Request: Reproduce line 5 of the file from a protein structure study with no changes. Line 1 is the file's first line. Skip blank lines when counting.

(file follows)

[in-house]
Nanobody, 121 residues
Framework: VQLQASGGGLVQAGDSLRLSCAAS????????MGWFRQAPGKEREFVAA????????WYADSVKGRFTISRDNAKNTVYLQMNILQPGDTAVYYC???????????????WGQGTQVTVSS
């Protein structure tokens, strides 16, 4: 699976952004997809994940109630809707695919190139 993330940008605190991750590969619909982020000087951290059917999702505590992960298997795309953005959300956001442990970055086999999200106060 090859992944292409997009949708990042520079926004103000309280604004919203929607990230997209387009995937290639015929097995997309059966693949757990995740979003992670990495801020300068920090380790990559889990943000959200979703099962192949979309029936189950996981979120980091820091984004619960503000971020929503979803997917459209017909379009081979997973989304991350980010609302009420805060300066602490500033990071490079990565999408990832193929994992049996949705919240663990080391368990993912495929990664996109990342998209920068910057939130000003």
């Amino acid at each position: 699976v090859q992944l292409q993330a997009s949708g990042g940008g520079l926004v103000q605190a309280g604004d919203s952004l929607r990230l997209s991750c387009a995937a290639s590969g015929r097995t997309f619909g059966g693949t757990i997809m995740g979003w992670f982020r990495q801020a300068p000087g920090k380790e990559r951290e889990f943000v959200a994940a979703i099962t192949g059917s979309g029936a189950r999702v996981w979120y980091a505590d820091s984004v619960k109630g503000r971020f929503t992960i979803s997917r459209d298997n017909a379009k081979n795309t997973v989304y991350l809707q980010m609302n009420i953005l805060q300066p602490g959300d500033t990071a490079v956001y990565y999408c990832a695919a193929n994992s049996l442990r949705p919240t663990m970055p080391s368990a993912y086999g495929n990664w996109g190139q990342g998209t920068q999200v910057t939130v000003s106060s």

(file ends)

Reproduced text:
């Amino acid at each position: 699976v090859q992944l292409q993330a997009s949708g990042g940008g520079l926004v103000q605190a309280g604004d919203s952004l929607r990230l997209s991750c387009a995937a290639s590969g015929r097995t997309f619909g059966g693949t757990i997809m995740g979003w992670f982020r990495q801020a300068p000087g920090k380790e990559r951290e889990f943000v959200a994940a979703i099962t192949g059917s979309g029936a189950r999702v996981w979120y980091a505590d820091s984004v619960k109630g503000r971020f929503t992960i979803s997917r459209d298997n017909a379009k081979n795309t997973v989304y991350l809707q980010m609302n009420i953005l805060q300066p602490g959300d500033t990071a490079v956001y990565y999408c990832a695919a193929n994992s049996l442990r949705p919240t663990m970055p080391s368990a993912y086999g495929n990664w996109g190139q990342g998209t920068q999200v910057t939130v000003s106060s």